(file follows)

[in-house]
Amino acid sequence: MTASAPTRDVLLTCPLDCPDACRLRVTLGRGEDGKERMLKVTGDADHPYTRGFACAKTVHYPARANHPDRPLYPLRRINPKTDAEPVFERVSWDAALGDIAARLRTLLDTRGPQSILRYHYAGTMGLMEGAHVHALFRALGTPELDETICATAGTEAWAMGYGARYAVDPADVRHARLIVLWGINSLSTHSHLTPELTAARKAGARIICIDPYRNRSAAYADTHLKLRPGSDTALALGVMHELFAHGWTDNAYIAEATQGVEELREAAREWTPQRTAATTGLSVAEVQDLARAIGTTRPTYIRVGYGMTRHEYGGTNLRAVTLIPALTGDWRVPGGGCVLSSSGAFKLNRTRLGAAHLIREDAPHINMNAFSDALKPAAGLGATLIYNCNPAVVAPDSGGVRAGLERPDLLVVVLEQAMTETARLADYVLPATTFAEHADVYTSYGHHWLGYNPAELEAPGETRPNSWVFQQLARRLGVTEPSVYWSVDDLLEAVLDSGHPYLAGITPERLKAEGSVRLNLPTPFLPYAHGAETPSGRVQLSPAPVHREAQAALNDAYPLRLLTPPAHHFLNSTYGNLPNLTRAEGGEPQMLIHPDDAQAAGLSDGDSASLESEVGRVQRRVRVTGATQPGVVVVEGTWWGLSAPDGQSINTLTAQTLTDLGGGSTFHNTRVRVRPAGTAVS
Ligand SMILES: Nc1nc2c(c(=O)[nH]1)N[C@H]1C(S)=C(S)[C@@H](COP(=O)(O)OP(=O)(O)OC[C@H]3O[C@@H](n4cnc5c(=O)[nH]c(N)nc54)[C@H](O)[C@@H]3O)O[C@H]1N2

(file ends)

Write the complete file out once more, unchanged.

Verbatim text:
[in-house]
Amino acid sequence: MTASAPTRDVLLTCPLDCPDACRLRVTLGRGEDGKERMLKVTGDADHPYTRGFACAKTVHYPARANHPDRPLYPLRRINPKTDAEPVFERVSWDAALGDIAARLRTLLDTRGPQSILRYHYAGTMGLMEGAHVHALFRALGTPELDETICATAGTEAWAMGYGARYAVDPADVRHARLIVLWGINSLSTHSHLTPELTAARKAGARIICIDPYRNRSAAYADTHLKLRPGSDTALALGVMHELFAHGWTDNAYIAEATQGVEELREAAREWTPQRTAATTGLSVAEVQDLARAIGTTRPTYIRVGYGMTRHEYGGTNLRAVTLIPALTGDWRVPGGGCVLSSSGAFKLNRTRLGAAHLIREDAPHINMNAFSDALKPAAGLGATLIYNCNPAVVAPDSGGVRAGLERPDLLVVVLEQAMTETARLADYVLPATTFAEHADVYTSYGHHWLGYNPAELEAPGETRPNSWVFQQLARRLGVTEPSVYWSVDDLLEAVLDSGHPYLAGITPERLKAEGSVRLNLPTPFLPYAHGAETPSGRVQLSPAPVHREAQAALNDAYPLRLLTPPAHHFLNSTYGNLPNLTRAEGGEPQMLIHPDDAQAAGLSDGDSASLESEVGRVQRRVRVTGATQPGVVVVEGTWWGLSAPDGQSINTLTAQTLTDLGGGSTFHNTRVRVRPAGTAVS
Ligand SMILES: Nc1nc2c(c(=O)[nH]1)N[C@H]1C(S)=C(S)[C@@H](COP(=O)(O)OP(=O)(O)OC[C@H]3O[C@@H](n4cnc5c(=O)[nH]c(N)nc54)[C@H](O)[C@@H]3O)O[C@H]1N2